The current gold standard for assessment of obstructive sleep apnea is the in-laboratory polysomnography. This approach has high costs and inconveniences the patient, whereas alternative ambulatory systems are limited by reduced diagnostic abilities (type 4 monitors, 1 or 2 channels) or extensive setup (type 3 monitors, at least 4 channels). The current study therefore aims to validate a simplified automated type 4 monitoring system using tracheal body sound and movement data.
Data from 60 subjects were recorded at the University Hospital Ulm. All subjects have been regular patients referred to the sleep center with suspicion of sleep-related breathing disorders. Four recordings were excluded because of faulty data. The study was of prospective design. Subjects underwent a full-night screening using diagnostic in-laboratory polysomnography and the new monitoring system concurrently. The apnea-hypopnea index (AHI) was scored blindly by a medical technician using in-laboratory polysomnography (AHIPSG). A unique algorithm was developed to estimate the apneahypopnea index (AHIest) using the new sleep monitor.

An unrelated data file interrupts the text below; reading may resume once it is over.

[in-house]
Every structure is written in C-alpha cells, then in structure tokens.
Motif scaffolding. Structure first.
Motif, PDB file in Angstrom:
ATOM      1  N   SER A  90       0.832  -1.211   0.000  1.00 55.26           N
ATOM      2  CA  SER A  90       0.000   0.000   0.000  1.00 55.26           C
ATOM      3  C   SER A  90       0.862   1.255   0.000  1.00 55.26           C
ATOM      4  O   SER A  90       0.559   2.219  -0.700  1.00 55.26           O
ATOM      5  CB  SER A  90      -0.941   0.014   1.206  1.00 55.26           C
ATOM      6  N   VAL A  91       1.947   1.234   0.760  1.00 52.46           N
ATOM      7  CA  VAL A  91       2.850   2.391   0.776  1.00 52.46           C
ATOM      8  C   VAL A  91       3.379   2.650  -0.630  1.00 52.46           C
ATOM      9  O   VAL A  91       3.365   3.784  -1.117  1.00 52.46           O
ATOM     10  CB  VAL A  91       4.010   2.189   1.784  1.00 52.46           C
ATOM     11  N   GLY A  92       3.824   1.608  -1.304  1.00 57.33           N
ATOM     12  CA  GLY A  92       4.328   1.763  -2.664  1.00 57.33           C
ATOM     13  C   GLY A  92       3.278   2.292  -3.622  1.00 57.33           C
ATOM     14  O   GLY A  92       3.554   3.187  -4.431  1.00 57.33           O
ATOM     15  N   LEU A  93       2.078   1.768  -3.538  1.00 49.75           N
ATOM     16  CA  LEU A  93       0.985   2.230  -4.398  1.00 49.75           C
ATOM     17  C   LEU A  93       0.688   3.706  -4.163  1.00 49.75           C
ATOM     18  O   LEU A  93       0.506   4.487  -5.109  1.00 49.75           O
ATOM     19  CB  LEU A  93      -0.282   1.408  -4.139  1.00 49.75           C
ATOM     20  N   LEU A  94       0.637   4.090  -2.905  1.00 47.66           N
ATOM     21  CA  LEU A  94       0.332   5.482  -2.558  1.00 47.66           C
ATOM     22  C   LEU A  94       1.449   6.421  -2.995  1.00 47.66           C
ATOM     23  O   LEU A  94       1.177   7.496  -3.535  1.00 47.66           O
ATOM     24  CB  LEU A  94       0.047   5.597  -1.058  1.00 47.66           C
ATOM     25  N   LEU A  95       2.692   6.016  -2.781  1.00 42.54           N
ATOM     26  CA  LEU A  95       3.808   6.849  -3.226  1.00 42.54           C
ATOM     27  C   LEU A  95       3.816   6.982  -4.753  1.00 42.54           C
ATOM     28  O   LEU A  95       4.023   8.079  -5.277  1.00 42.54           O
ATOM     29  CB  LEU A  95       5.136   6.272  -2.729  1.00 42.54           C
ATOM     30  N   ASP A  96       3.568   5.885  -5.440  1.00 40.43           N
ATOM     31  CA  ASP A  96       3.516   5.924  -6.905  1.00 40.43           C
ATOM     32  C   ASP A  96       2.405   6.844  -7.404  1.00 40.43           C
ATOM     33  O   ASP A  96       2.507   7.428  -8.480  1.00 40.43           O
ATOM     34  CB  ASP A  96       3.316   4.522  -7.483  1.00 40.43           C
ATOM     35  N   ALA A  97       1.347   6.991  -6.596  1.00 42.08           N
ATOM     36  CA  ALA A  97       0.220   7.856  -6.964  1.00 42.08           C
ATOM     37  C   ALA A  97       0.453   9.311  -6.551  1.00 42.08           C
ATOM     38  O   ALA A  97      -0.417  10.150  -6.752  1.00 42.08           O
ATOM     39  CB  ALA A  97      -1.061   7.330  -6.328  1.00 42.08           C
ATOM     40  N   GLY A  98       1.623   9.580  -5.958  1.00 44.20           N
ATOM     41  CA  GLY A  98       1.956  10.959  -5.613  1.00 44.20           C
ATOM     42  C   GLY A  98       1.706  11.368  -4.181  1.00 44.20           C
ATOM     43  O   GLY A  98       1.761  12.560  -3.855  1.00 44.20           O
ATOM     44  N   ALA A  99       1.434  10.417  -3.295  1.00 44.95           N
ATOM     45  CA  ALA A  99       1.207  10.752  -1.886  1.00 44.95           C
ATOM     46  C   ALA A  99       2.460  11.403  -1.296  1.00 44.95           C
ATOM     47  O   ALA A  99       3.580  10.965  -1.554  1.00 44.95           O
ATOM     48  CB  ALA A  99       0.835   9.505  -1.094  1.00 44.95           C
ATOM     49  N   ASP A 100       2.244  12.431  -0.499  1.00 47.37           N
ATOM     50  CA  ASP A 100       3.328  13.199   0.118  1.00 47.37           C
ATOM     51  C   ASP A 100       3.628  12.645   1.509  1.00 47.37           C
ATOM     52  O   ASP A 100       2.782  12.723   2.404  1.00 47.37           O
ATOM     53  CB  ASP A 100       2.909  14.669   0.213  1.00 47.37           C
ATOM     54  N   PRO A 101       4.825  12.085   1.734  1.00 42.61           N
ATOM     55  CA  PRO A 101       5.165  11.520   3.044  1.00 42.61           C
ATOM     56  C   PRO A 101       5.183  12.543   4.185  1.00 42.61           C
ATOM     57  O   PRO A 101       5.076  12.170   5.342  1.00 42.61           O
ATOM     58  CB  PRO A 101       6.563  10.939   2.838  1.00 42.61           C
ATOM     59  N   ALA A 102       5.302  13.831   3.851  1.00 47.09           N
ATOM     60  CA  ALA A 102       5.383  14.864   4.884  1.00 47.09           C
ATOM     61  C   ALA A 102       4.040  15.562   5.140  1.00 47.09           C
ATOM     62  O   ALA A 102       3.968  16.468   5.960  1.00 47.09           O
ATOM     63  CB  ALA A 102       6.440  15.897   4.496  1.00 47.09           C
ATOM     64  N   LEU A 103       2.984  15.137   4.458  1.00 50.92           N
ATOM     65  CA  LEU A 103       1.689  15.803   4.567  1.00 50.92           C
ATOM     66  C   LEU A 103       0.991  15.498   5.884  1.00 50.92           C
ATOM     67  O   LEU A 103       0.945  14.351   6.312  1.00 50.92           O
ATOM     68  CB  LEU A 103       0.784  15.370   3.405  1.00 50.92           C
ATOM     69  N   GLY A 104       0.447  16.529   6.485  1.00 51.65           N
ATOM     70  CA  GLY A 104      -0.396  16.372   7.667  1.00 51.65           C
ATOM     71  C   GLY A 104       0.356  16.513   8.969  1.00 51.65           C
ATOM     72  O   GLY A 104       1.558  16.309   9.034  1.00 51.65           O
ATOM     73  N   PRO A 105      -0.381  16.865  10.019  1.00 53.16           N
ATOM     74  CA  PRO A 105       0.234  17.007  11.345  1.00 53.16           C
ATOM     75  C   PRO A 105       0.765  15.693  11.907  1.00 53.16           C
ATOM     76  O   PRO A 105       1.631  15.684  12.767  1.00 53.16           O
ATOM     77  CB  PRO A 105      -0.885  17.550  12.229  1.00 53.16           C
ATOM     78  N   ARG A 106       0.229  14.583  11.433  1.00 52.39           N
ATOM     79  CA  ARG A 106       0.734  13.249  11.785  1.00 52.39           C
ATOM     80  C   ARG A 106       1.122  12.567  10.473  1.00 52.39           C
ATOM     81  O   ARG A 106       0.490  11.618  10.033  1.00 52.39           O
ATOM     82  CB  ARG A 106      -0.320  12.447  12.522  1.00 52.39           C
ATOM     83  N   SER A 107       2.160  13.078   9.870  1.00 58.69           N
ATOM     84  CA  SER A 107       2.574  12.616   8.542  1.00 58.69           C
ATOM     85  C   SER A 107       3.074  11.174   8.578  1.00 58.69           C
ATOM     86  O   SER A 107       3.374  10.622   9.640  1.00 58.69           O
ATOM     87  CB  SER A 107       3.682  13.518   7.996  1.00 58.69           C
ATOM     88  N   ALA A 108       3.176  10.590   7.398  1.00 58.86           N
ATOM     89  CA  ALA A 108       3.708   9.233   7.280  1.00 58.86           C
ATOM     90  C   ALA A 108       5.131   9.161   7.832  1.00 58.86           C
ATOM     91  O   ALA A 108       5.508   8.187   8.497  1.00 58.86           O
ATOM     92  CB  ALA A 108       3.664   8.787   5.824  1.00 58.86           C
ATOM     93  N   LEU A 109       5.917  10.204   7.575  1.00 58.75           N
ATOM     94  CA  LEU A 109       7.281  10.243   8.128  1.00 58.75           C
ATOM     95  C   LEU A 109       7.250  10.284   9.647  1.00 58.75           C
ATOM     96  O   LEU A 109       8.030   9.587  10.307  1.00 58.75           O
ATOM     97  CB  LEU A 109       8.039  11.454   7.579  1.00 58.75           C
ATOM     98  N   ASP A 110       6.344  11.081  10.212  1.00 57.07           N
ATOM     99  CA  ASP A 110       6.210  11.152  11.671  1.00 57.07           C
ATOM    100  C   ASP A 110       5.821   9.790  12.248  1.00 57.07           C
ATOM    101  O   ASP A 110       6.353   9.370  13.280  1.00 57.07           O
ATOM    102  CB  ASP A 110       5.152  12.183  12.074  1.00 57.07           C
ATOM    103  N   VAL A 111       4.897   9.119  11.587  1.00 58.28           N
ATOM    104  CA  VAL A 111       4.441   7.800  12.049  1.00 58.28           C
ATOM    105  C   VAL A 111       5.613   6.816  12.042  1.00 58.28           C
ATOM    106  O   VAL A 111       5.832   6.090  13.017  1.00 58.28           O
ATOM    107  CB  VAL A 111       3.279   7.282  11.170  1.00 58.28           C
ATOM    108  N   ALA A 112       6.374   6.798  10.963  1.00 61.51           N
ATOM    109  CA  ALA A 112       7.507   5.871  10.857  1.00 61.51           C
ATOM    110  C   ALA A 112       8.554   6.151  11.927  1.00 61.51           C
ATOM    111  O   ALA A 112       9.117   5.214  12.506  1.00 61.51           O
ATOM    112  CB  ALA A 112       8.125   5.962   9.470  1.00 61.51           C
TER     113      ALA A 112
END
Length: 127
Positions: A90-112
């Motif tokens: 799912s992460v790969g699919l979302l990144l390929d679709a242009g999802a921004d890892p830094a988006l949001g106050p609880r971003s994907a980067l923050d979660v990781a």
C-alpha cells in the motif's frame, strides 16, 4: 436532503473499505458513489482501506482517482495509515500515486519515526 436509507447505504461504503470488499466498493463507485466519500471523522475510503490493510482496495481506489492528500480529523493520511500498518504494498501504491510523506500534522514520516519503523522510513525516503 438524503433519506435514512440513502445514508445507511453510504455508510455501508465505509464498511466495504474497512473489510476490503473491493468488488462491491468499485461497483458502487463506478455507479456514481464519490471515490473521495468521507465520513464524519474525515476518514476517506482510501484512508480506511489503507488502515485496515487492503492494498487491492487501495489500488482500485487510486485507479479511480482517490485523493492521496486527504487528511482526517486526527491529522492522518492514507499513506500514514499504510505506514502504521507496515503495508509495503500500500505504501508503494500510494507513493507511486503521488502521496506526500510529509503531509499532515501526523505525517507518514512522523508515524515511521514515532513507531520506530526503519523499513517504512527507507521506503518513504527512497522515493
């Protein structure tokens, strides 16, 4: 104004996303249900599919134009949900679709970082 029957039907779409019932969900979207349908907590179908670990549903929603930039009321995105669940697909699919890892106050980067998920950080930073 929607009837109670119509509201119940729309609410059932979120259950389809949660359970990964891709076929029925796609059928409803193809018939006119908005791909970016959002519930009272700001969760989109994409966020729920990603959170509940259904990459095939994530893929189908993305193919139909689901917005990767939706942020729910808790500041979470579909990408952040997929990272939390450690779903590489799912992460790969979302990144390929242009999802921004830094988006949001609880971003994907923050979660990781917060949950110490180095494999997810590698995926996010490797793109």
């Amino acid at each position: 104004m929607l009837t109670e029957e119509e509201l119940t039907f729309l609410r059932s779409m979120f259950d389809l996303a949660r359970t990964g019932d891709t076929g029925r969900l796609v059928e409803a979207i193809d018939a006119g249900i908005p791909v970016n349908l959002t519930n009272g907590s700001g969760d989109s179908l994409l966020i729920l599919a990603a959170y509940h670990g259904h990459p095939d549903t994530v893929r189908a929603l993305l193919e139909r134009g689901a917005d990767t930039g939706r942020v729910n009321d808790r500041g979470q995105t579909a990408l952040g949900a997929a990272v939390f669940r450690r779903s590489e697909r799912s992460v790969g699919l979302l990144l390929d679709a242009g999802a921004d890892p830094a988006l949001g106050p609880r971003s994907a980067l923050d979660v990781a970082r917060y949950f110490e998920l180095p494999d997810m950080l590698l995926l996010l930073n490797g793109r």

AHIest strongly correlates with AHIPSG (r2 = .9871). A mean ± 1.96 standard deviation difference between AHIest and AHIPSG of 1.2 ± 5.14 was achieved. In terms of classifying subjects into groups of mild, moderate, and severe sleep apnea, the evaluated new sleep monitor shows a strong correlation with the results obtained by polysomnography (Cohen kappa > 0.81). These results outperform previously introduced similar approaches.
The proposed sleep monitor accurately estimates AHI and diagnoses sleep apnea and its severity. This minimalistic approach may address the need for a simple yet reliable diagnosis of sleep apnea in an ambulatory setting.
Kalkbrenner C, Eichenlaub M, Rüdiger S, Kropf-Sanchen C, Brucher R, Rottbauer W. Validation of a new system using tracheal body sound and movement data for automated apnea-hypopnea index estimation. J Clin Sleep Med. 2017;13(10):1123–1130.